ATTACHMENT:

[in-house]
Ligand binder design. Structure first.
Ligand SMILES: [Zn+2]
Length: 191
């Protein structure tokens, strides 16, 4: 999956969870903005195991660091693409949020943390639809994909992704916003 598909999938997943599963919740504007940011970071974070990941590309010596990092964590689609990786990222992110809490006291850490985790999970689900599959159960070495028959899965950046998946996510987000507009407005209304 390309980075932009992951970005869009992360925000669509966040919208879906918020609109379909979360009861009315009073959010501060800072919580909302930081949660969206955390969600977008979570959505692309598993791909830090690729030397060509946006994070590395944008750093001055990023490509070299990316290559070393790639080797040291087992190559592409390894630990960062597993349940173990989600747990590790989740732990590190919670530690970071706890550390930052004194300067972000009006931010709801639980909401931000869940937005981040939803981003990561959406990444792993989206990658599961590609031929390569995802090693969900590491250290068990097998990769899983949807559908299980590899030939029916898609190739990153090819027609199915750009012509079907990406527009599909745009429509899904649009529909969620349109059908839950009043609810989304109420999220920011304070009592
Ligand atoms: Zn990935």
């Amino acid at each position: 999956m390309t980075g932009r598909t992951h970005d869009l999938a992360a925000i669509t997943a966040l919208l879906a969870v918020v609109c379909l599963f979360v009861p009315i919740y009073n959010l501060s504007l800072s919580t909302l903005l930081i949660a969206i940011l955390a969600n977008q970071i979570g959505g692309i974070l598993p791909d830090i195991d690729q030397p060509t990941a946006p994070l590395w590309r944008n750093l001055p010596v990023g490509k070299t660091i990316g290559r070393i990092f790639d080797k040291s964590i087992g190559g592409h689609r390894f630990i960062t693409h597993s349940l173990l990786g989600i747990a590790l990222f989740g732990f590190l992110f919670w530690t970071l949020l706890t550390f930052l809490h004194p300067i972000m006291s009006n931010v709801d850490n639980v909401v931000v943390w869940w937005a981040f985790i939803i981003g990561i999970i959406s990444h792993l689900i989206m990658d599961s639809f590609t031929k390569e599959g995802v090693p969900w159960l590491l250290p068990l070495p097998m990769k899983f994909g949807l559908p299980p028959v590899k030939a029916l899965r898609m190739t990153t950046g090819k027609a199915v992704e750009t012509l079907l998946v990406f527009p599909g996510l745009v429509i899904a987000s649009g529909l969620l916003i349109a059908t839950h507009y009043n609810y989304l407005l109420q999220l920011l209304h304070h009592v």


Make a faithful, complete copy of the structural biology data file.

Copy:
[in-house]
Ligand binder design. Structure first.
Ligand SMILES: [Zn+2]
Length: 191
């Protein structure tokens, strides 16, 4: 999956969870903005195991660091693409949020943390639809994909992704916003 598909999938997943599963919740504007940011970071974070990941590309010596990092964590689609990786990222992110809490006291850490985790999970689900599959159960070495028959899965950046998946996510987000507009407005209304 390309980075932009992951970005869009992360925000669509966040919208879906918020609109379909979360009861009315009073959010501060800072919580909302930081949660969206955390969600977008979570959505692309598993791909830090690729030397060509946006994070590395944008750093001055990023490509070299990316290559070393790639080797040291087992190559592409390894630990960062597993349940173990989600747990590790989740732990590190919670530690970071706890550390930052004194300067972000009006931010709801639980909401931000869940937005981040939803981003990561959406990444792993989206990658599961590609031929390569995802090693969900590491250290068990097998990769899983949807559908299980590899030939029916898609190739990153090819027609199915750009012509079907990406527009599909745009429509899904649009529909969620349109059908839950009043609810989304109420999220920011304070009592
Ligand atoms: Zn990935």
């Amino acid at each position: 999956m390309t980075g932009r598909t992951h970005d869009l999938a992360a925000i669509t997943a966040l919208l879906a969870v918020v609109c379909l599963f979360v009861p009315i919740y009073n959010l501060s504007l800072s919580t909302l903005l930081i949660a969206i940011l955390a969600n977008q970071i979570g959505g692309i974070l598993p791909d830090i195991d690729q030397p060509t990941a946006p994070l590395w590309r944008n750093l001055p010596v990023g490509k070299t660091i990316g290559r070393i990092f790639d080797k040291s964590i087992g190559g592409h689609r390894f630990i960062t693409h597993s349940l173990l990786g989600i747990a590790l990222f989740g732990f590190l992110f919670w530690t970071l949020l706890t550390f930052l809490h004194p300067i972000m006291s009006n931010v709801d850490n639980v909401v931000v943390w869940w937005a981040f985790i939803i981003g990561i999970i959406s990444h792993l689900i989206m990658d599961s639809f590609t031929k390569e599959g995802v090693p969900w159960l590491l250290p068990l070495p097998m990769k899983f994909g949807l559908p299980p028959v590899k030939a029916l899965r898609m190739t990153t950046g090819k027609a199915v992704e750009t012509l079907l998946v990406f527009p599909g996510l745009v429509i899904a987000s649009g529909l969620l916003i349109a059908t839950h507009y009043n609810y989304l407005l109420q999220l920011l209304h304070h009592v």